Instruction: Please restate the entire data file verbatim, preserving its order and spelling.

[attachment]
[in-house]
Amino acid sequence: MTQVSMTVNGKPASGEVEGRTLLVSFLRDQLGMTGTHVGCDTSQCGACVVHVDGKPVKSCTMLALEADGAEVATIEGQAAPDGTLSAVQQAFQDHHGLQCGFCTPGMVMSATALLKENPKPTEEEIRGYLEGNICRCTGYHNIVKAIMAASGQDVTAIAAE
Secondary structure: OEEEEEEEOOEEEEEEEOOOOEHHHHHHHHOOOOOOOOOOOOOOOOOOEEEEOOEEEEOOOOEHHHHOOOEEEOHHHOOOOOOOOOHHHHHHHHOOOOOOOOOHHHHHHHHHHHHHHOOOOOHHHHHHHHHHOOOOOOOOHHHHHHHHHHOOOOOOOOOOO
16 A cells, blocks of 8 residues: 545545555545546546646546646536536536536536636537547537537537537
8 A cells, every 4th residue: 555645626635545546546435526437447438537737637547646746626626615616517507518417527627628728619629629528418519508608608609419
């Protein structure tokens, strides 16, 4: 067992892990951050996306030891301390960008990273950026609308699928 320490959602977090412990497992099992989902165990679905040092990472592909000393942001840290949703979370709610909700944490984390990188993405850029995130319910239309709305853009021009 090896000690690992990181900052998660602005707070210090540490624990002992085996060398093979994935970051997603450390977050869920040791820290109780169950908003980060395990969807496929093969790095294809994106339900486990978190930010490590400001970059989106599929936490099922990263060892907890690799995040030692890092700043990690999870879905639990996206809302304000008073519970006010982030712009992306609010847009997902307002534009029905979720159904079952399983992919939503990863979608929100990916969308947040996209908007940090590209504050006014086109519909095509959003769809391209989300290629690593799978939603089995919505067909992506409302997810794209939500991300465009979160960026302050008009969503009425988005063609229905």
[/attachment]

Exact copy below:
[in-house]
Amino acid sequence: MTQVSMTVNGKPASGEVEGRTLLVSFLRDQLGMTGTHVGCDTSQCGACVVHVDGKPVKSCTMLALEADGAEVATIEGQAAPDGTLSAVQQAFQDHHGLQCGFCTPGMVMSATALLKENPKPTEEEIRGYLEGNICRCTGYHNIVKAIMAASGQDVTAIAAE
Secondary structure: OEEEEEEEOOEEEEEEEOOOOEHHHHHHHHOOOOOOOOOOOOOOOOOOEEEEOOEEEEOOOOEHHHHOOOEEEOHHHOOOOOOOOOHHHHHHHHOOOOOOOOOHHHHHHHHHHHHHHOOOOOHHHHHHHHHHOOOOOOOOHHHHHHHHHHOOOOOOOOOOO
16 A cells, blocks of 8 residues: 545545555545546546646546646536536536536536636537547537537537537
8 A cells, every 4th residue: 555645626635545546546435526437447438537737637547646746626626615616517507518417527627628728619629629528418519508608608609419
């Protein structure tokens, strides 16, 4: 067992892990951050996306030891301390960008990273950026609308699928 320490959602977090412990497992099992989902165990679905040092990472592909000393942001840290949703979370709610909700944490984390990188993405850029995130319910239309709305853009021009 090896000690690992990181900052998660602005707070210090540490624990002992085996060398093979994935970051997603450390977050869920040791820290109780169950908003980060395990969807496929093969790095294809994106339900486990978190930010490590400001970059989106599929936490099922990263060892907890690799995040030692890092700043990690999870879905639990996206809302304000008073519970006010982030712009992306609010847009997902307002534009029905979720159904079952399983992919939503990863979608929100990916969308947040996209908007940090590209504050006014086109519909095509959003769809391209989300290629690593799978939603089995919505067909992506409302997810794209939500991300465009979160960026302050008009969503009425988005063609229905």